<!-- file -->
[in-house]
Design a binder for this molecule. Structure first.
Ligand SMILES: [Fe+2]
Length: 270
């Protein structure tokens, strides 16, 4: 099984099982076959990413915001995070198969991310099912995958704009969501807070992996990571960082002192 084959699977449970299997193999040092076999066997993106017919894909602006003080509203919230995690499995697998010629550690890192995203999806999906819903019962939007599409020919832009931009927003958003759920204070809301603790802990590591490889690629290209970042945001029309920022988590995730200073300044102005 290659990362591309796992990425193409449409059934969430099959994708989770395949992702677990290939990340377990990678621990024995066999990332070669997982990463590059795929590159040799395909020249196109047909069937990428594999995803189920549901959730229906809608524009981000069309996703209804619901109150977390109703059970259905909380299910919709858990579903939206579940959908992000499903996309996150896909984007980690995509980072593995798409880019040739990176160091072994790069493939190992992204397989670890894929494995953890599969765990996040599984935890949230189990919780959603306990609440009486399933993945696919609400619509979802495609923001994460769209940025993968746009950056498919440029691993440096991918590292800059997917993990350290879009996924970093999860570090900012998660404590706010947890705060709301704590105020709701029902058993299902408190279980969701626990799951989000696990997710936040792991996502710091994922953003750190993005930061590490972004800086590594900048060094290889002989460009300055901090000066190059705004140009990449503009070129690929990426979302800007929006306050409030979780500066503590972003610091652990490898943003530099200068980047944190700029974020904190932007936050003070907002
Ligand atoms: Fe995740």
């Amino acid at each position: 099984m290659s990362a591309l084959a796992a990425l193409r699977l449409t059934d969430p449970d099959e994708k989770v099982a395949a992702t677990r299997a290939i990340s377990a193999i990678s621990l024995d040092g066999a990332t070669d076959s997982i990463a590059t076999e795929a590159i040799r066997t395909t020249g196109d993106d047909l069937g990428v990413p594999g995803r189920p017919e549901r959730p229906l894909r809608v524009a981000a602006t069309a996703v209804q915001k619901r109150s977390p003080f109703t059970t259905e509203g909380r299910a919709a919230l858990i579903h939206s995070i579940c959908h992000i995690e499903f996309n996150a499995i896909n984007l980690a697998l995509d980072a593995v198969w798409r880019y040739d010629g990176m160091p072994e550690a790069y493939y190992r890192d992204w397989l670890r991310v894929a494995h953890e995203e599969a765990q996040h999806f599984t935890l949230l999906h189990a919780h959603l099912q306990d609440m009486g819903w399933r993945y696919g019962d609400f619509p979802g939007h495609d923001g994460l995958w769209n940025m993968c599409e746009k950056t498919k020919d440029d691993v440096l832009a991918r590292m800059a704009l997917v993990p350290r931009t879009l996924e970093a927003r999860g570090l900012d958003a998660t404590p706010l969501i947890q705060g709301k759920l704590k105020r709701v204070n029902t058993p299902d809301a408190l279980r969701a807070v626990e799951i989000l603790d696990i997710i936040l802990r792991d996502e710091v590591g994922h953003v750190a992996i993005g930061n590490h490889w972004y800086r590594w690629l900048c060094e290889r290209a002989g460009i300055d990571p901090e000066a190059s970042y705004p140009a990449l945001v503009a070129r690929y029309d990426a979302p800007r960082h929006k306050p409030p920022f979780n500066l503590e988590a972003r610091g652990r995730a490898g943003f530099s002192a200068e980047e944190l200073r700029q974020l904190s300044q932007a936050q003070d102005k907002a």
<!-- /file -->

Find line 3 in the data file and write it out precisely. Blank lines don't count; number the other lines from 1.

Ligand SMILES: [Fe+2]